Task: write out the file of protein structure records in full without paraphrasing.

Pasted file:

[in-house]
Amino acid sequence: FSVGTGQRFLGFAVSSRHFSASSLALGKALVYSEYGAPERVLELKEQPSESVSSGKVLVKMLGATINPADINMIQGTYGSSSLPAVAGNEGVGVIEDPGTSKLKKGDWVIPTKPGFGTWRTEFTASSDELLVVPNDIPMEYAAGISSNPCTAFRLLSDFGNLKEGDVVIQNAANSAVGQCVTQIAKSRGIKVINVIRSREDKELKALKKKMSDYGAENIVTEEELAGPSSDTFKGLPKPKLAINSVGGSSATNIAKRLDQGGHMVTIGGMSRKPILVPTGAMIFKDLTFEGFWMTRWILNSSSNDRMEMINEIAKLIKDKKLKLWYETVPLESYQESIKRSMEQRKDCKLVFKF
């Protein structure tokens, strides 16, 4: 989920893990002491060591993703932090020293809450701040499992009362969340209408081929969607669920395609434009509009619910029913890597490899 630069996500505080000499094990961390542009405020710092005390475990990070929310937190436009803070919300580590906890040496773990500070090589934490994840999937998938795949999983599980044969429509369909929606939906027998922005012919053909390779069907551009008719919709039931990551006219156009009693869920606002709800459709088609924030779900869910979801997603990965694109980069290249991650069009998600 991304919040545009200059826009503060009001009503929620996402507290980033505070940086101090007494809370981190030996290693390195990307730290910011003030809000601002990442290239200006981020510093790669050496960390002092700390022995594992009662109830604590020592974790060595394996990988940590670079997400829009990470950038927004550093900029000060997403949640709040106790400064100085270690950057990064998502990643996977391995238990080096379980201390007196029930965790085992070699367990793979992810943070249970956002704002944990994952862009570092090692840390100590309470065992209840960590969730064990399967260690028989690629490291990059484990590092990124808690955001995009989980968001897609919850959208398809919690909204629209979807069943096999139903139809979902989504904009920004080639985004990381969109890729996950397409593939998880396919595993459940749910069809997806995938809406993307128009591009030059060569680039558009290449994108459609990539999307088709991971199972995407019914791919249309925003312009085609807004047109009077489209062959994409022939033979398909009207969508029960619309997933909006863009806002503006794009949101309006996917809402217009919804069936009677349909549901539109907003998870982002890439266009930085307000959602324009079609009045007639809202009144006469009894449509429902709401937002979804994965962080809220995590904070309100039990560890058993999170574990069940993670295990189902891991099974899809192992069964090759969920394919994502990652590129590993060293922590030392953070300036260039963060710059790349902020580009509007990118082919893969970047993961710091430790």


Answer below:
[in-house]
Amino acid sequence: FSVGTGQRFLGFAVSSRHFSASSLALGKALVYSEYGAPERVLELKEQPSESVSSGKVLVKMLGATINPADINMIQGTYGSSSLPAVAGNEGVGVIEDPGTSKLKKGDWVIPTKPGFGTWRTEFTASSDELLVVPNDIPMEYAAGISSNPCTAFRLLSDFGNLKEGDVVIQNAANSAVGQCVTQIAKSRGIKVINVIRSREDKELKALKKKMSDYGAENIVTEEELAGPSSDTFKGLPKPKLAINSVGGSSATNIAKRLDQGGHMVTIGGMSRKPILVPTGAMIFKDLTFEGFWMTRWILNSSSNDRMEMINEIAKLIKDKKLKLWYETVPLESYQESIKRSMEQRKDCKLVFKF
């Protein structure tokens, strides 16, 4: 989920893990002491060591993703932090020293809450701040499992009362969340209408081929969607669920395609434009509009619910029913890597490899 630069996500505080000499094990961390542009405020710092005390475990990070929310937190436009803070919300580590906890040496773990500070090589934490994840999937998938795949999983599980044969429509369909929606939906027998922005012919053909390779069907551009008719919709039931990551006219156009009693869920606002709800459709088609924030779900869910979801997603990965694109980069290249991650069009998600 991304919040545009200059826009503060009001009503929620996402507290980033505070940086101090007494809370981190030996290693390195990307730290910011003030809000601002990442290239200006981020510093790669050496960390002092700390022995594992009662109830604590020592974790060595394996990988940590670079997400829009990470950038927004550093900029000060997403949640709040106790400064100085270690950057990064998502990643996977391995238990080096379980201390007196029930965790085992070699367990793979992810943070249970956002704002944990994952862009570092090692840390100590309470065992209840960590969730064990399967260690028989690629490291990059484990590092990124808690955001995009989980968001897609919850959208398809919690909204629209979807069943096999139903139809979902989504904009920004080639985004990381969109890729996950397409593939998880396919595993459940749910069809997806995938809406993307128009591009030059060569680039558009290449994108459609990539999307088709991971199972995407019914791919249309925003312009085609807004047109009077489209062959994409022939033979398909009207969508029960619309997933909006863009806002503006794009949101309006996917809402217009919804069936009677349909549901539109907003998870982002890439266009930085307000959602324009079609009045007639809202009144006469009894449509429902709401937002979804994965962080809220995590904070309100039990560890058993999170574990069940993670295990189902891991099974899809192992069964090759969920394919994502990652590129590993060293922590030392953070300036260039963060710059790349902020580009509007990118082919893969970047993961710091430790």